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TO THE EDITOR. Sir.—ln my last letter I showed how '• Reform " has forfeited all claim to the confidence of the electors. The reasons given were: (1) that Masscyism had failed to conserve the. interests of the community by allowing grain speculators to exploit the peoplo; (2) that Masseyism had played with the safety of the State in endeavoring to promote the parochial futility of a " toy " navv. It is indeed regrettable that in order to foist a "toy" navv on this Dominion Mr Massev should so far forget himself as to sav that Great Britain failed to carry out the Naval Protection Agreement with New Zealand. Those are the vital points of " Reform's" failure. But there arc many other failures. It is only necessary to mention a few, in order to show the utter failure of Masseyism. Take tho workers' plight under Masseyism. About 80 per cent, of the population of this Dominion are, worker?. The majority of these have bettered their condition bv means of trade unionism. What has "Reform" done for trade unionism? The answer is : Bogus unions. Masseyism has undoubtedly promoted and fostered bogus unions. What is the result? Well, tho result at Huntly is too ghastly to go into minutely. And what else could be expected wheii it is remembered of what bogus unions are composed. But what about agricultural laborers? What has Masseyism done for that section of the workers? In their case the answer is also convincing, for not Massevism done its best to get rid of the State-owned land—those State-owned farms which constitute for landless men the stepping-stones to freehold farms of their own. Massevism has done its best to demolish those poor-man steppingstones, thus preventing agricultural laborers from ever bettering their condiShould these things prove insuflicieiit to convince you that '" Reform" i:; not the poor man's friend, then let us see what "Reform's" friends have To say in defence of Masseyism. Recognising the weakness of their case, "Reform" supporters plead that "Reform" has not had a chance, because of the scarlet fever, the strike, and the war. Just think over that before you voto for a Massoy candidate. Never had a chance, because they'were unequal to tho occasion.' According to this pka "Reform" would have been successful had there been nothuy for it to do. So "Reiorm," on the evidence of its supporters, is merely a tine-weather kind of Administration. "Reform" would have successfully navigated the ship of State had there been no iidverse winds and nierelv bright sunshine all the way! This effectually disposes of tho further plea that it would not bo wise to have a change of Government while the war lasts. Fine-weathor sailors, like the Massev Administration, can very well he set asklo when strong, experienced men are required in order to avert disaster. Our Empire is experiencing a crisis at present. Stiong men are needed at every outpost. Masseyism can very well wait until the crisis "is over and the sunshine comes again. Thursday's voting will decide our fate for tho next three years. The matter seems to be worth tlie very serious consideration of every elector. —I am, etc.. Chalmers Elector.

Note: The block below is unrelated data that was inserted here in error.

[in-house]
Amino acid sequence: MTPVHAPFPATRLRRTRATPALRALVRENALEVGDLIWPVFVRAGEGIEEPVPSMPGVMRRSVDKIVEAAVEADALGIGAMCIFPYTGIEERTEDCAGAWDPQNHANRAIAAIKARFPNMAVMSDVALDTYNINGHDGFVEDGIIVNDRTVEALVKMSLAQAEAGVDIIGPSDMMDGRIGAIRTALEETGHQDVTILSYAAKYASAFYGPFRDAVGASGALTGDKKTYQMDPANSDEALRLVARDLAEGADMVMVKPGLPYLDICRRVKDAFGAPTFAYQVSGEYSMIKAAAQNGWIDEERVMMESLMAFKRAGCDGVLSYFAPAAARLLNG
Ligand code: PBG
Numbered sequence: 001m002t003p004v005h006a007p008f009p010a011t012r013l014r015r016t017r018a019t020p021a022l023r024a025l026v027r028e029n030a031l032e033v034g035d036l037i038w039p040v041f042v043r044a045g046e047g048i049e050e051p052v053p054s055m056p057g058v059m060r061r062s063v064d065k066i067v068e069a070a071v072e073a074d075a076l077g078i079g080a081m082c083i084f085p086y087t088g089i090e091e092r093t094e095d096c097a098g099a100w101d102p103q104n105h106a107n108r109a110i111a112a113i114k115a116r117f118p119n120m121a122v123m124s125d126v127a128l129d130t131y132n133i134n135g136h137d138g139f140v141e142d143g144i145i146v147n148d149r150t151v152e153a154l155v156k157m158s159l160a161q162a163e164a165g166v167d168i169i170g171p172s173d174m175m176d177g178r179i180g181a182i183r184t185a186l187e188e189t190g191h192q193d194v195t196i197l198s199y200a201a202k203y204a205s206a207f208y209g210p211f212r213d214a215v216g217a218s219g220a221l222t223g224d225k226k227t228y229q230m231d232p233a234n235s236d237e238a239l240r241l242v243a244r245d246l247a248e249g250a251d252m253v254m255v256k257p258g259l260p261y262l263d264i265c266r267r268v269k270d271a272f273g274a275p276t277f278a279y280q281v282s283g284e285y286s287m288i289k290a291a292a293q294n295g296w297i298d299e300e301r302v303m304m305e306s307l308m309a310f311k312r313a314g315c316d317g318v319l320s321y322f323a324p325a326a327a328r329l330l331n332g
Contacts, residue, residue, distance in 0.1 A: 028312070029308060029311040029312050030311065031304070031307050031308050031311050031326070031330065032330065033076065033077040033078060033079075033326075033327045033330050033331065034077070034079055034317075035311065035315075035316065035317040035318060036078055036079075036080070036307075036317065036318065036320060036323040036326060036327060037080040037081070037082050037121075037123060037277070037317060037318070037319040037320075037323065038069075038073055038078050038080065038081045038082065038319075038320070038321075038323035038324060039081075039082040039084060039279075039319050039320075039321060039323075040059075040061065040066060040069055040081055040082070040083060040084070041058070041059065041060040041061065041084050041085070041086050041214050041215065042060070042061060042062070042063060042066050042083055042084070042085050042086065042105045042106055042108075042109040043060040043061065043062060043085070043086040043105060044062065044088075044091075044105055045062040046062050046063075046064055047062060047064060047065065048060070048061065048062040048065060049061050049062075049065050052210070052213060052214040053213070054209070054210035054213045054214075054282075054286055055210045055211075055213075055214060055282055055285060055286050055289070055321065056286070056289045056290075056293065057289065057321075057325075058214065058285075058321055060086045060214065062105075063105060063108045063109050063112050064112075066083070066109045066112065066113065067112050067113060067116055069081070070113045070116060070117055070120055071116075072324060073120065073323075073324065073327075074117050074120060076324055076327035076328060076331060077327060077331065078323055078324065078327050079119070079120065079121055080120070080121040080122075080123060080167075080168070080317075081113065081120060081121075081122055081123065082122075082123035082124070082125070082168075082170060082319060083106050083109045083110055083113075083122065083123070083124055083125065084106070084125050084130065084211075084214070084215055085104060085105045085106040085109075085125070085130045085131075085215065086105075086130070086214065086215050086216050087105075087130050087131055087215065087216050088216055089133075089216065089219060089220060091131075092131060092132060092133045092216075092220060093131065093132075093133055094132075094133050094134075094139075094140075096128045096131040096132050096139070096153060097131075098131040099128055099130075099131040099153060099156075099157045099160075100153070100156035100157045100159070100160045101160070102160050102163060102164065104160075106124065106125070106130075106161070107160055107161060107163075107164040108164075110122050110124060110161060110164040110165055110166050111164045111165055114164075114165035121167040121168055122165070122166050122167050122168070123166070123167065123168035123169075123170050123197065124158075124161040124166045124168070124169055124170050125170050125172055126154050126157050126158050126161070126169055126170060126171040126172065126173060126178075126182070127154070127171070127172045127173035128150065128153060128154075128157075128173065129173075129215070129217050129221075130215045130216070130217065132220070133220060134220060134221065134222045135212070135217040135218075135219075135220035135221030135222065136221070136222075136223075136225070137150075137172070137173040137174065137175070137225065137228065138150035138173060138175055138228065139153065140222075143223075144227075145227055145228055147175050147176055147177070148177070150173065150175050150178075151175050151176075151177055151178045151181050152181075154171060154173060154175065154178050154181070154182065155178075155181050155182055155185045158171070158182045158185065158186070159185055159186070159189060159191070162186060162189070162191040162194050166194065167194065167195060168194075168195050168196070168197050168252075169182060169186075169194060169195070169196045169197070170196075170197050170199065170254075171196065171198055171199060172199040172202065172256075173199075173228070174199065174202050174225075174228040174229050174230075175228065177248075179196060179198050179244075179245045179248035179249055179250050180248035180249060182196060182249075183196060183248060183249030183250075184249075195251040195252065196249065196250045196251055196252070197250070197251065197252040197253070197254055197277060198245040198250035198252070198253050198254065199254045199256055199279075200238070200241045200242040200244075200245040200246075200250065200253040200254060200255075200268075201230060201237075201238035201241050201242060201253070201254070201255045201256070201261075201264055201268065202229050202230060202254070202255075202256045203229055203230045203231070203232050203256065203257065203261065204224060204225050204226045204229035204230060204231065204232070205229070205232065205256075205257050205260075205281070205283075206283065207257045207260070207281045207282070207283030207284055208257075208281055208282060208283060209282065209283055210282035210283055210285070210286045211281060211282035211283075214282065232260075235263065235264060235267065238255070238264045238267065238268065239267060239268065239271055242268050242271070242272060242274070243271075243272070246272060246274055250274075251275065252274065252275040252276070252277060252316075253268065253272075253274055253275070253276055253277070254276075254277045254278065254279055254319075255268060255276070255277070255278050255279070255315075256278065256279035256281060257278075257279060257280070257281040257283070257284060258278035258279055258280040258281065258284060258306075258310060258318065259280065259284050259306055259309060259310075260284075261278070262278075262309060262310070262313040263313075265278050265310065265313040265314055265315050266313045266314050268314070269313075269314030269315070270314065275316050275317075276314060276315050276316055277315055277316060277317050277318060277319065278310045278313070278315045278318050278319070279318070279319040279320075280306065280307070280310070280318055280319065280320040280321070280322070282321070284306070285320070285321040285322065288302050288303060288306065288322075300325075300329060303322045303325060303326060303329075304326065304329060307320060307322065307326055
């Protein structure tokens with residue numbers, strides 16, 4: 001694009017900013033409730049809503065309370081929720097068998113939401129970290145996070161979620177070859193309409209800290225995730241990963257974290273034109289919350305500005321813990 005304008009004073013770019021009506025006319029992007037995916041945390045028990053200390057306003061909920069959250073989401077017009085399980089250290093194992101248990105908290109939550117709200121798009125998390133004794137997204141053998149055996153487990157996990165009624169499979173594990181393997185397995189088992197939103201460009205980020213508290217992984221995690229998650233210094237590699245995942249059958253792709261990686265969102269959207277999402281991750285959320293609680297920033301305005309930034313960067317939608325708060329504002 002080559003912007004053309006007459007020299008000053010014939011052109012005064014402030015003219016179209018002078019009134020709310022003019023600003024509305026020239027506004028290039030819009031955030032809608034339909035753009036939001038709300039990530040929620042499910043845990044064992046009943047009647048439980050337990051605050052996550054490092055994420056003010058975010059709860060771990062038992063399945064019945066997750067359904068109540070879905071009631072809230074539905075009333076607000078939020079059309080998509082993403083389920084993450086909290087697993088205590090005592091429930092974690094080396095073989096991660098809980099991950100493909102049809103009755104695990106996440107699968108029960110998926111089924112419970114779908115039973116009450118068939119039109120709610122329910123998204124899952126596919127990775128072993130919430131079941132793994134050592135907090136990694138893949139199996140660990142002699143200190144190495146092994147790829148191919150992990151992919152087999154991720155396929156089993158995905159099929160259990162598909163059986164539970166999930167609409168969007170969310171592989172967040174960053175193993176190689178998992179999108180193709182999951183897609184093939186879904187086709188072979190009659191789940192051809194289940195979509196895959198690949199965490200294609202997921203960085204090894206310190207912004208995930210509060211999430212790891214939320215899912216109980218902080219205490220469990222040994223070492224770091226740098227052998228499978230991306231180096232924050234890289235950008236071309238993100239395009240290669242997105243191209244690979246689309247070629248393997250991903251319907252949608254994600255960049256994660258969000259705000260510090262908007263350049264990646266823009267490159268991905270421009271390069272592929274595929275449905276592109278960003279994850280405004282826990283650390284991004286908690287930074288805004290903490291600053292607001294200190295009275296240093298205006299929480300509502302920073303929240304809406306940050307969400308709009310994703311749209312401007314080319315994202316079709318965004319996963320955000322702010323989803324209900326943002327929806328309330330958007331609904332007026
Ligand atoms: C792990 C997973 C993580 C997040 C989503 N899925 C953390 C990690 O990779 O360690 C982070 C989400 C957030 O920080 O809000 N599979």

December 7.

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WHERE MASSEYISM HAS FAILED., Issue 15669, 7 December 1914

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WHERE MASSEYISM HAS FAILED. Issue 15669, 7 December 1914

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